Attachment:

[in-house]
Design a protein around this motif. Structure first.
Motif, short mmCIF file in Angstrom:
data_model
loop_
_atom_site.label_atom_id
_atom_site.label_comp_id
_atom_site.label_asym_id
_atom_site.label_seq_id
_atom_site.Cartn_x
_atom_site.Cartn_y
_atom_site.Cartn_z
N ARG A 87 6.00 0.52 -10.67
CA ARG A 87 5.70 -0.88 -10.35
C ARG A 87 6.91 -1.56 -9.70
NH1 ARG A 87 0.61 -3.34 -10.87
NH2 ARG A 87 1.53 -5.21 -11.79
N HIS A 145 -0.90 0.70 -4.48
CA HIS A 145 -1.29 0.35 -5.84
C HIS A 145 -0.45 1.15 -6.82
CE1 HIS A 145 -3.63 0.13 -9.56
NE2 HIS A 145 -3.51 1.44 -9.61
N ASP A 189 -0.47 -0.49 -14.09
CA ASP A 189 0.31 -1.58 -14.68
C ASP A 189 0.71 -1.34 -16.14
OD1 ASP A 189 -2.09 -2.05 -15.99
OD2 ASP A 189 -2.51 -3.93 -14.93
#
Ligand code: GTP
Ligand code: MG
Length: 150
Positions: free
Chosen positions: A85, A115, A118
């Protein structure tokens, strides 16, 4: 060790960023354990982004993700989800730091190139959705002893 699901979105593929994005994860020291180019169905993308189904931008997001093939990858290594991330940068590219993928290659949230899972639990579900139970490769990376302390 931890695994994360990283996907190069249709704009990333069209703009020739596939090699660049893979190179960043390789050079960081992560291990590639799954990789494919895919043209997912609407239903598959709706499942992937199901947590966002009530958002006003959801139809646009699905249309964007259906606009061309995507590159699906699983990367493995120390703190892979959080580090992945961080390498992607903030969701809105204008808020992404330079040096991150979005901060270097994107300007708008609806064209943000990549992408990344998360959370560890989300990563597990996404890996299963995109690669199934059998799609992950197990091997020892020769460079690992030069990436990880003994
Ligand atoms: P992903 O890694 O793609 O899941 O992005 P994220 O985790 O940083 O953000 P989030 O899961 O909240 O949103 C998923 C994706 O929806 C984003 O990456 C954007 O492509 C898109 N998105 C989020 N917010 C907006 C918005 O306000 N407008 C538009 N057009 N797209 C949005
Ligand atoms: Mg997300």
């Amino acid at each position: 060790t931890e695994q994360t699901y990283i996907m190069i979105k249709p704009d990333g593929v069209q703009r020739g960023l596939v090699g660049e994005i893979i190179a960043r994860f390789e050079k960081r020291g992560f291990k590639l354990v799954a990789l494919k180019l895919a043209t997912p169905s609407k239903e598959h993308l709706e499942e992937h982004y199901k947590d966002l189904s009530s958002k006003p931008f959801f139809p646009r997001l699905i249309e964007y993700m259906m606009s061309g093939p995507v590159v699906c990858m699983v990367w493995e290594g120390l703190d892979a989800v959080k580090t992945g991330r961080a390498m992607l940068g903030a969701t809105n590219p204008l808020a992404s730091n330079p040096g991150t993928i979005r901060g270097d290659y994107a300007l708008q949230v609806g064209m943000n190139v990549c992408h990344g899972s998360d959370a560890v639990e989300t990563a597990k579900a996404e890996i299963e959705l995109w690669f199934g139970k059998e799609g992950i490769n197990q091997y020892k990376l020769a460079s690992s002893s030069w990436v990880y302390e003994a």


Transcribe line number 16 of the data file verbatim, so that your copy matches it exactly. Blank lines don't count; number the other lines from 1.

NH1 ARG A 87 0.61 -3.34 -10.87